Transition to Adulthood
Excerpt from an article by Sara Baxter, originally published in Kids Get Arthritis Too
While no "magic age" exists for moving away from pediatric care, experts say that when a child reaches age 14, parents should talk with their teenager about working toward transition. This gives the teen plenty of time to start taking responsibility for his or her care, finding a doctor he or she feels comfortable with, and understanding the adult health care system. Exactly when this transition takes place depends on the age and maturity level of the young adult, as well as the medical situation and insurance issues. Various checklists are available to determine readiness and identify areas that need attention.
Successful transition requires the young adults to take charge of their own health care, the parents to let go and the health-care team to support the process. It doesn't happen overnight. In teaching children to be independent, parents can start taking "baby steps" such as making and going to appointments alone, taking medication without reminders and refilling prescriptions.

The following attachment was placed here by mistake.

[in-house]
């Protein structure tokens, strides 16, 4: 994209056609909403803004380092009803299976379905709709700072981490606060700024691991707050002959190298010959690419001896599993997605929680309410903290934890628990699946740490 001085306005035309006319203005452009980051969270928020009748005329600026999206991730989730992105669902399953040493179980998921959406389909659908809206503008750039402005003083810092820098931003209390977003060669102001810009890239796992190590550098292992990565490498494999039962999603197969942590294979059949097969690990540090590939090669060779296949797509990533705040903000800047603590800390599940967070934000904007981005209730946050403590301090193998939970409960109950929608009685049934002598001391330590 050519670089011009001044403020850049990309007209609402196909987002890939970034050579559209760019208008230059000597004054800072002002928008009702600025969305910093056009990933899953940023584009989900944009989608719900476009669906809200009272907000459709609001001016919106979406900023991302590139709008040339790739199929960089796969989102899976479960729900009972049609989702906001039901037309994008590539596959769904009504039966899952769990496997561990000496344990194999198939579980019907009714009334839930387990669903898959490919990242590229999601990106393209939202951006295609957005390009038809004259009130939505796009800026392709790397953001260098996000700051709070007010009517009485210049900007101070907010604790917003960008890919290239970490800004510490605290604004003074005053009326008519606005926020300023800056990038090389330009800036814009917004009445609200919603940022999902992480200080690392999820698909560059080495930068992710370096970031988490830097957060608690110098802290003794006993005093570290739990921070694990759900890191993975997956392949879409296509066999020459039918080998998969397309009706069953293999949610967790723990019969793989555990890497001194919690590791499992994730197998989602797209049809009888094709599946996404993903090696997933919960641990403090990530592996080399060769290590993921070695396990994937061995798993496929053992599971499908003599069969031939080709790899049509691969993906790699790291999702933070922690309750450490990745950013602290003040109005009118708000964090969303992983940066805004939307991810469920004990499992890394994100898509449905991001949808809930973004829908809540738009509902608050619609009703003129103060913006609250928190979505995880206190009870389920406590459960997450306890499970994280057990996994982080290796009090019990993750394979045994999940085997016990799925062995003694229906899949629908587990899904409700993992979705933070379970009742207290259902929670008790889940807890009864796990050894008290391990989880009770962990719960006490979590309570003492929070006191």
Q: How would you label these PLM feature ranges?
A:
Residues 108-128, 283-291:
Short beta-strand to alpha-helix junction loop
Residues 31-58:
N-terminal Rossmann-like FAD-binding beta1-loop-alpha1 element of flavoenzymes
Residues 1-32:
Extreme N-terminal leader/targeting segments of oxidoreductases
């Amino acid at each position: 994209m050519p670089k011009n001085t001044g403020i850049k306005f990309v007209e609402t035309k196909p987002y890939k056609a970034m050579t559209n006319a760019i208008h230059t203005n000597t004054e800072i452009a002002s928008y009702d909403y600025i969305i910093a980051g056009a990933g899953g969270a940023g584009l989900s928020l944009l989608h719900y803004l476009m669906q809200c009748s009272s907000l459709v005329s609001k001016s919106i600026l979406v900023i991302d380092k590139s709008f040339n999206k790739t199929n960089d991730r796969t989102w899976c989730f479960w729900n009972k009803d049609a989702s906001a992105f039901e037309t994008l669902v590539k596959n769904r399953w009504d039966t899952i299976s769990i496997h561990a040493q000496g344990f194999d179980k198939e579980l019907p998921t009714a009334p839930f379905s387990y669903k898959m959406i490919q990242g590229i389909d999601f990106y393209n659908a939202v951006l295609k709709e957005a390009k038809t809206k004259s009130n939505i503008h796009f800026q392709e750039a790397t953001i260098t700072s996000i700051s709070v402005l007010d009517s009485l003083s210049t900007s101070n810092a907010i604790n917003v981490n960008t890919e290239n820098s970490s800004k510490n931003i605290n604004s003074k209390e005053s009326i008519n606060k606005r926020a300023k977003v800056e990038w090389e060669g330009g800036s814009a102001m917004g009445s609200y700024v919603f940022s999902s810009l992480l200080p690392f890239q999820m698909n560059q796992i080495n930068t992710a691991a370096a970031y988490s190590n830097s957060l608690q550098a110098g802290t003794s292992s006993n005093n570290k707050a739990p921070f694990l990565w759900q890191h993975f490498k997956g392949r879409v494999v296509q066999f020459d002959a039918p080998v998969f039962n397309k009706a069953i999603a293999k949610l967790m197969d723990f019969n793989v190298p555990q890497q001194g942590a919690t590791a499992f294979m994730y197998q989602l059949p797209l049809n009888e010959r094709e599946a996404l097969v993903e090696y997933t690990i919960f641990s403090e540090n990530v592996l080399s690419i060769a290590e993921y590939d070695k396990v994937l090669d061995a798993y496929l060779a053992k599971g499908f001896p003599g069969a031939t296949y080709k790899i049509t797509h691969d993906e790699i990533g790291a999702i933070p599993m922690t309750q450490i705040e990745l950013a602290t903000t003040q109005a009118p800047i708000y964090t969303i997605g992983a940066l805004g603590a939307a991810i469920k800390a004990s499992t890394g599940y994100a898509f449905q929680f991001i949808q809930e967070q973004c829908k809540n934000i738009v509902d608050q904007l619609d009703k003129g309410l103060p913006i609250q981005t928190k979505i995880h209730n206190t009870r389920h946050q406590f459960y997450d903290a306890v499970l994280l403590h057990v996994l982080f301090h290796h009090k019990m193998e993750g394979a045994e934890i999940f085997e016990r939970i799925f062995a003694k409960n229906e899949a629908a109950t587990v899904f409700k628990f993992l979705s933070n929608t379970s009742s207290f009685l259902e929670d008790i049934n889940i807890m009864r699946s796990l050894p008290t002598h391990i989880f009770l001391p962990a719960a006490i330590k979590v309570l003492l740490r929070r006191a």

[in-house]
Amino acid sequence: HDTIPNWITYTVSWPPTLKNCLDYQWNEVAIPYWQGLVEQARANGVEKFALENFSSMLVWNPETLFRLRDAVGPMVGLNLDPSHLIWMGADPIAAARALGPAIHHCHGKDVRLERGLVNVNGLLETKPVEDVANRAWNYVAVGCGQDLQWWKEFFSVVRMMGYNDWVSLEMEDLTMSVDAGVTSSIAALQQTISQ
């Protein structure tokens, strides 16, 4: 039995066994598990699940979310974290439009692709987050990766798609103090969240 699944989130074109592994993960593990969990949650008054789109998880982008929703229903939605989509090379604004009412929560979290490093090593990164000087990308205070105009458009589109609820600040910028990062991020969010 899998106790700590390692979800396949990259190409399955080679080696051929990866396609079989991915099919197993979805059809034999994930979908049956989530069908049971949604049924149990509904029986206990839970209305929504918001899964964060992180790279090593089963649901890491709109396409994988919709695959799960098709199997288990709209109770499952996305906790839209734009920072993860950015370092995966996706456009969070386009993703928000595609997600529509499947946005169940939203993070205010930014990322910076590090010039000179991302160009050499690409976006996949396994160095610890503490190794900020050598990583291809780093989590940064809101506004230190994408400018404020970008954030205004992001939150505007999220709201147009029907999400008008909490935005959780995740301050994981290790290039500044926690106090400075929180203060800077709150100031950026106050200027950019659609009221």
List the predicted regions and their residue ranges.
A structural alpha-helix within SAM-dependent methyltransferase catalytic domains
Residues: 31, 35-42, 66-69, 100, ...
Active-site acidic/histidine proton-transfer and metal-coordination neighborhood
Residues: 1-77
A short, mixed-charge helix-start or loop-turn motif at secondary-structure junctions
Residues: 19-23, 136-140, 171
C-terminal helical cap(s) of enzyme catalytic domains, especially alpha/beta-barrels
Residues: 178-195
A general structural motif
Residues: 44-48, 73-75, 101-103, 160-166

Ways Parents Can Prepare Themselves
- Find out the policies regarding the age and service policy limits for your child's pediatric/adolescent practice.
- Find out your health care insurer's policy regarding the age limit of services under pediatric/adolescent care.
- Begin discussing transition early with both your child and the health care provider.
- Request that your pediatric health care provider recommend an adult provider who is sensitive and knowledgeable of young adult and chronic illness issues.
- Find out how your insurer handles referrals and consultations for transition to adult health care.
Source: National Center for Cultural Competency - Georgetown University Center for Child and Human Development, University Center for Excellence in Developmental Disabilities